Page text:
Press release

Hubbub in modern life explored as new £1m Wellcome Collection residency begins

The urge to be busy defines modern life. Rest can seem hard to find, whether in relation to an exhausted body, a racing mind or a hectic city. Should we slow down, or should we embrace intense activity? What effects do each of these states have on the health of our bodies and minds? A new research group called Hubbub have taken residence at Wellcome Collection and are bringing together scientists, humanists, artists, clinicians, public health experts, broadcasters and public engagement professionals to breathe new life into the questions we ask about rest and busyness.

The group are the first occupants of a new dedicated space, The Hub at Wellcome Collection, designed to house two-year long interdisciplinary projects exploring medicine, health and wellbeing. A core team of five, led by social scientist Felicity Callard (Durham University), have been awarded a £1 million grant and will work with over 40 partners of rich variety to explore the dynamics of rest, tumult, activity and work, as they operate in mental health, neuroscience, the arts and everyday life. Other core members are psychologist and writer Charles Fernyhough (Durham University), broadcaster Claudia Hammond (BBC's 'All in the Mind' and 'Health Check'), neuroscientist Daniel Margulies (Max Planck Institute for Human Cognitive and Brain Sciences) and poet James Wilkes (Durham University).

Hubbub will have freedom to explore and develop research and public outputs over their residency, staging experiments, exhibitions, events and broadcasts. It is hoped that the use of different modes of investigation will produce a novel archive about rest and activity in early 21st-century city life, and offer unexpected avenues for academic and creative inquiry, clinical practice and public policy. A core cohort of London participants will be recruited during residency to help study different cultures of rest, with investigations crossing the arts, psychology, neuroscience and the social sciences.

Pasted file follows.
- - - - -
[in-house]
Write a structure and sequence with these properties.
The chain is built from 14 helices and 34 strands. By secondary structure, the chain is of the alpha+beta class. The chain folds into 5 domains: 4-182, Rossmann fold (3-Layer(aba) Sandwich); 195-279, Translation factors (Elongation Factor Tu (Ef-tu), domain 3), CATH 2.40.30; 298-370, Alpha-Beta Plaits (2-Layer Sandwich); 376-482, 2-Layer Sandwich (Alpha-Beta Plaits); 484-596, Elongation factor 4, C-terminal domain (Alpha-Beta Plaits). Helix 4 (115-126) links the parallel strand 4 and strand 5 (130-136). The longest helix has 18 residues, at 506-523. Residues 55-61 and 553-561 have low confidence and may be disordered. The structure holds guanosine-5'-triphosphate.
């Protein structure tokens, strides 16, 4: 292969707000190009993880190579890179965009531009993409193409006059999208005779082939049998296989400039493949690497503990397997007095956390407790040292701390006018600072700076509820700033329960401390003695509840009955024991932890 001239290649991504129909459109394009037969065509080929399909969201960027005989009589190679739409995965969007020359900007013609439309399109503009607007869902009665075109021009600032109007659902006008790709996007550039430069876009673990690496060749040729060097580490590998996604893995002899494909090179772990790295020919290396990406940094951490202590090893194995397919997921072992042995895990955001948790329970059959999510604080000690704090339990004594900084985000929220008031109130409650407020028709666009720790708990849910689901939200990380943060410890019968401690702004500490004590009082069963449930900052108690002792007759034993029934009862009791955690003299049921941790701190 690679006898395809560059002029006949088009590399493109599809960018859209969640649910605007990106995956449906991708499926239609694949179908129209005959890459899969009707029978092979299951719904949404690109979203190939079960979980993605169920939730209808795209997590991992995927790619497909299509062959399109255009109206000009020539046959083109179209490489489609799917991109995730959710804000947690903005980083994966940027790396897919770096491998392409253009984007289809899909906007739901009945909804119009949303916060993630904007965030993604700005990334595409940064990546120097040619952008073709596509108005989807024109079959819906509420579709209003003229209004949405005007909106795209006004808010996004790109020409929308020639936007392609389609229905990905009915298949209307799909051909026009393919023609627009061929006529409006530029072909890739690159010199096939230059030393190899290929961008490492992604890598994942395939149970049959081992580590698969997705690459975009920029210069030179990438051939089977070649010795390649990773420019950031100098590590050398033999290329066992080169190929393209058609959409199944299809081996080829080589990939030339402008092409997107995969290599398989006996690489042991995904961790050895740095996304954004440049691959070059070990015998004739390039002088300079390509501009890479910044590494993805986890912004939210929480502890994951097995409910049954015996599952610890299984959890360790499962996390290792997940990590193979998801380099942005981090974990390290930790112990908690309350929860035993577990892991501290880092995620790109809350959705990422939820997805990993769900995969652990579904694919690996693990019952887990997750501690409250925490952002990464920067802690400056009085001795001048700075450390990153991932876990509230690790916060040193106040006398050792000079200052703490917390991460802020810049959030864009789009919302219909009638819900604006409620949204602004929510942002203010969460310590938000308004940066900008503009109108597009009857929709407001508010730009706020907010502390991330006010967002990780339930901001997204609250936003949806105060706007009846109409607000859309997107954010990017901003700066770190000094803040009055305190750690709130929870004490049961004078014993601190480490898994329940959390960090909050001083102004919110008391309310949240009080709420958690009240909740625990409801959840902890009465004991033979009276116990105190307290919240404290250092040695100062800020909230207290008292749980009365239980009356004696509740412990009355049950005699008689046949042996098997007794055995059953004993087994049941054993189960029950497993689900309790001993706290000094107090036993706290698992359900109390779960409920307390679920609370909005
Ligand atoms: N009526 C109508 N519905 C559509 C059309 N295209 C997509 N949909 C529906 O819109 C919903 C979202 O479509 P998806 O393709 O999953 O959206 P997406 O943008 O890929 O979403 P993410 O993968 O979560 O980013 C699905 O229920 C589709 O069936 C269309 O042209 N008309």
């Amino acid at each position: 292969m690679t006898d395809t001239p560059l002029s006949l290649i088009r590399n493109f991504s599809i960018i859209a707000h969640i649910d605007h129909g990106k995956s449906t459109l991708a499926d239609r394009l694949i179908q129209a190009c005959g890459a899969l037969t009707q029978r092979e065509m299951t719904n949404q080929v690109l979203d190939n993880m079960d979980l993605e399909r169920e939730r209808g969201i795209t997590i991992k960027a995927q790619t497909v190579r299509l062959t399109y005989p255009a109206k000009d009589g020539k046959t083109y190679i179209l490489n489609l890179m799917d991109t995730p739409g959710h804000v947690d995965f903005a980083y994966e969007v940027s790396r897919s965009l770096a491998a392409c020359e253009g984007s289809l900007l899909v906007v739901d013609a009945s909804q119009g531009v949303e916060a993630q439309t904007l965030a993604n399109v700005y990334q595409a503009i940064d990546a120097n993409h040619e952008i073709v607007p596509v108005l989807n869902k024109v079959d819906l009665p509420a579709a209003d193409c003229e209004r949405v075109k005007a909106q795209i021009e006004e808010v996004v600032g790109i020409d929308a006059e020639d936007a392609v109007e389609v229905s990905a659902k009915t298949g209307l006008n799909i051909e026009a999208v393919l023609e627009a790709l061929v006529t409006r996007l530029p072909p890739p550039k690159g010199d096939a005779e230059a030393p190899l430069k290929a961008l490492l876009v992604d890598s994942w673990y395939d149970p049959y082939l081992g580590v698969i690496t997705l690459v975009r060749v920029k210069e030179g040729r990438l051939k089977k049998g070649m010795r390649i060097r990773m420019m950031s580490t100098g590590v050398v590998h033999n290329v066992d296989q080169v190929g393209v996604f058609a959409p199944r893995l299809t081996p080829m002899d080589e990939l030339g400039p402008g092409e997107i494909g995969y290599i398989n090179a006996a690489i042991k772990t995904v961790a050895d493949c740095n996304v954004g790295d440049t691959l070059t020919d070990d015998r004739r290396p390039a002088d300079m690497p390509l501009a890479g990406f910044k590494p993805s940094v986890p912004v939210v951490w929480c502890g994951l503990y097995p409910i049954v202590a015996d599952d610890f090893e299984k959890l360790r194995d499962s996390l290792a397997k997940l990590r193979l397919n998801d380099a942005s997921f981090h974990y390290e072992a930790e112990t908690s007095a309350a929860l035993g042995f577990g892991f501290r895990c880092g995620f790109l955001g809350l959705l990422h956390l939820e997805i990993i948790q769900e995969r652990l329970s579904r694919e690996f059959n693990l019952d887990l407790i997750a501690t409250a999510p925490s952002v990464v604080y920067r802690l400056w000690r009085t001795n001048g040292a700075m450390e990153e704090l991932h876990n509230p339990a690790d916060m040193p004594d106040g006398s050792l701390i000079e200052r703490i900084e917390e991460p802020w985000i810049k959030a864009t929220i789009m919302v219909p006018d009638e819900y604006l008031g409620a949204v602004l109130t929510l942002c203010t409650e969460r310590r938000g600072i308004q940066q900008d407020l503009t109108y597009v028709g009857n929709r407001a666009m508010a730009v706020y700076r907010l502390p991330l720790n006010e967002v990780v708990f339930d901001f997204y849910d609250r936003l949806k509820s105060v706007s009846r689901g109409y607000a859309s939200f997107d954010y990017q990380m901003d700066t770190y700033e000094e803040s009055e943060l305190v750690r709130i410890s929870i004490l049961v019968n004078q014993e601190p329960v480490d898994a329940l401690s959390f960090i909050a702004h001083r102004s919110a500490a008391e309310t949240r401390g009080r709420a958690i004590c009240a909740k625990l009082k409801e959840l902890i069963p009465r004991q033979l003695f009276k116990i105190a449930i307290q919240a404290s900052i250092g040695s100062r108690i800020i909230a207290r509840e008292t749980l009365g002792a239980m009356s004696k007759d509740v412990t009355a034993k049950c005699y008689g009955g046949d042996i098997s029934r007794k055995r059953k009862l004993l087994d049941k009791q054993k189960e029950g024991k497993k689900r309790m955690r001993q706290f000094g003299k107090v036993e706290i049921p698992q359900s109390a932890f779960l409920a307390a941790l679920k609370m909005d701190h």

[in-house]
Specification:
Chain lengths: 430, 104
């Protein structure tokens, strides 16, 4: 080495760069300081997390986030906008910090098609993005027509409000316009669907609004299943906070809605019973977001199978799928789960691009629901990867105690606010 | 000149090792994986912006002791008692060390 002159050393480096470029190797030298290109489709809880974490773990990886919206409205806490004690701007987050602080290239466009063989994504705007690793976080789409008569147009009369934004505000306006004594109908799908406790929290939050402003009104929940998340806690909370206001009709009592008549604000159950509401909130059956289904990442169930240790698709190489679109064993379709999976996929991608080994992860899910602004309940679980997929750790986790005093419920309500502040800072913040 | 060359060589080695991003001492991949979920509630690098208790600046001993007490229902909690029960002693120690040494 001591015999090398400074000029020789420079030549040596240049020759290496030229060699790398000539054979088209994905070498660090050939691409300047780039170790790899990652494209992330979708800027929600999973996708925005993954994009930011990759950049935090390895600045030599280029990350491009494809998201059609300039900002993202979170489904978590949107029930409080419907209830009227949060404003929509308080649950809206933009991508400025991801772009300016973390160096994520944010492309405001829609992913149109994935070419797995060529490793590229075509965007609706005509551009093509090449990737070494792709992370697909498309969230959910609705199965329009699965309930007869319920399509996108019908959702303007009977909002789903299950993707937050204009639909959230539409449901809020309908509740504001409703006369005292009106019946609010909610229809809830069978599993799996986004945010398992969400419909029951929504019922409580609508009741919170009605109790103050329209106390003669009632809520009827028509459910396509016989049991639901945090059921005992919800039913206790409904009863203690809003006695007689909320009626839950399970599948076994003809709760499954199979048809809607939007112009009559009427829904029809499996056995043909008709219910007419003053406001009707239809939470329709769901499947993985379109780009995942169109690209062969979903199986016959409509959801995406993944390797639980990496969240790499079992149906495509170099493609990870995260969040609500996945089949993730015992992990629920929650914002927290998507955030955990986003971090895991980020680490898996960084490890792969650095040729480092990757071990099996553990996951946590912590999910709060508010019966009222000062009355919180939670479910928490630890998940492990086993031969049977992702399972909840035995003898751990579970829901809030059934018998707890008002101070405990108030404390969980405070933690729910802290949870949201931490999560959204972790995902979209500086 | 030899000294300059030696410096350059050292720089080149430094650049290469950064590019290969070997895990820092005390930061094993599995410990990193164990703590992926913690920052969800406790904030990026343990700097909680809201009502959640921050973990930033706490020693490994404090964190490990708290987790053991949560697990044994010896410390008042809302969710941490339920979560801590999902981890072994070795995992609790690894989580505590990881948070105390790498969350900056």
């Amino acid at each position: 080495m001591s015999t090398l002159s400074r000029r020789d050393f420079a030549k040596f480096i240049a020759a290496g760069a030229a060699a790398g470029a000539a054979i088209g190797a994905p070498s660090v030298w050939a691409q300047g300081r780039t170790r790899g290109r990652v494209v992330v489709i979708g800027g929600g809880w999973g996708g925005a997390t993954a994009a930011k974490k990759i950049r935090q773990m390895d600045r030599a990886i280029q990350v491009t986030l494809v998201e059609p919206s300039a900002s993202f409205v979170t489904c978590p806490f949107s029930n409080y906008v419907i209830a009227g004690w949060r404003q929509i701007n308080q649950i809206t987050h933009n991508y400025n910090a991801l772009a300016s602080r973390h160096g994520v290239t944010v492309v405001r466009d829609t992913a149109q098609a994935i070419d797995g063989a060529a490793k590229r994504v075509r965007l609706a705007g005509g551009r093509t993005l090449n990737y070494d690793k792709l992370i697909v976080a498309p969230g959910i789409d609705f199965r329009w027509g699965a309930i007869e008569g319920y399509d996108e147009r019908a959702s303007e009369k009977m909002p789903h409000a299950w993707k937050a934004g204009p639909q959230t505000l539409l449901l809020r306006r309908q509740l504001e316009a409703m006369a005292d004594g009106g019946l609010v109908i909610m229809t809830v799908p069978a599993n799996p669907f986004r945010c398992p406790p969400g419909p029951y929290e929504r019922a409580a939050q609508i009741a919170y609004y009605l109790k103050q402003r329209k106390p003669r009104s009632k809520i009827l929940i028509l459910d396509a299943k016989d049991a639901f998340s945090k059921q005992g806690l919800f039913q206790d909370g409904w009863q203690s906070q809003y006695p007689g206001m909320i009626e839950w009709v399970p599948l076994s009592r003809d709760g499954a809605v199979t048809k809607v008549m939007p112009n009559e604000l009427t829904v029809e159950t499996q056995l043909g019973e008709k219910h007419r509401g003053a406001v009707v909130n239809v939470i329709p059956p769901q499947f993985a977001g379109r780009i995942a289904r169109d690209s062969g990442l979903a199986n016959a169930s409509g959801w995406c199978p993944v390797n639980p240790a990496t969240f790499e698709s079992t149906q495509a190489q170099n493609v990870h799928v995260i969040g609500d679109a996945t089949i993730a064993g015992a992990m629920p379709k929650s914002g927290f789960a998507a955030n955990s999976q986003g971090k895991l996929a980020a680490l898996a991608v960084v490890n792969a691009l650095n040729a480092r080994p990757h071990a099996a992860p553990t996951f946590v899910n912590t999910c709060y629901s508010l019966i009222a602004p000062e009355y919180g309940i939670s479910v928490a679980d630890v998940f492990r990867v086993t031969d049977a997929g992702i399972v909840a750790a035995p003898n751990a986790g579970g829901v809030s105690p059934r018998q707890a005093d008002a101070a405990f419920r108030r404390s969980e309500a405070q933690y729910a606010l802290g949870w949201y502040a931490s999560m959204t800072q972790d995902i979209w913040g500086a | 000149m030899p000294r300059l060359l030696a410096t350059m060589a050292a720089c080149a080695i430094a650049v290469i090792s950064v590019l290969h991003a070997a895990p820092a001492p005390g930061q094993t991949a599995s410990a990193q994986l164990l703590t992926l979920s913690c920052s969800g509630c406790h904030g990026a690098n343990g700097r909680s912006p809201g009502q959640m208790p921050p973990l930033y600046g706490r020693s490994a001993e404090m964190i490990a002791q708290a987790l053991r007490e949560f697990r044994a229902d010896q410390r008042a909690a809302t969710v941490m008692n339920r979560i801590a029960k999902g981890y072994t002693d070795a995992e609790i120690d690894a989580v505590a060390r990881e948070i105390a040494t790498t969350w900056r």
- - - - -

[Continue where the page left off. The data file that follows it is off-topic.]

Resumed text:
Partners from diverse specialisms will explore how divisions between the ‘resting’ and ‘non-resting’ mind and body are understood and lived at different historical moments and by different kinds of people. The group will examine the many attempts to map activity, noise, clamour and silence across space at different scales, from cartography to self-monitoring to brain mapping, and interrogate different methods and data sets, entangling micro-scale geometric data on city noise, ‘noisy’ brain data and artistic mappings of sound and silence.

Details of all the Hubbub contributors can be found on the Hubbub website.

Felicity Callard, Hubbub group leader, says: “It is a great honour to have been selected as the first residents of this flagship space for interdisciplinary research. The Hub offers a unique opportunity to be experimental in all senses of the word – and we are enormously excited at the thought of bringing new ideas and things into the world through entangling the experimental practices of artists, scientists, humanists, public engagement professionals and, indeed, of diverse Londoners. The search for rest in a world of tumult, busyness and noise preoccupies many of us. Our two years in The Hub will allow us the space and time both to investigate this common, but complex, desire and to uncover the multiple ways in which people find – or don’t find – ways of satisfying it.”

Ken Arnold, Head of Public Programmes at Wellcome Collection, says: “Hubbub promises a thrilling commingling of creative minds, of thinkers and makers. It’s a collaborative project of dizzying variety in search of answers to questions that are pressing to all of us caught up within the tumult of modern life. We have established the Hub as part of an expanded Wellcome Collection to foster unexpected and original research and activity and we look forward to being surprised and enriched by the work Felicity Callard and her group will nurture during their residency.”

Hubbub are residents of the Hub at Wellcome Collection between October 2014 and July 2016.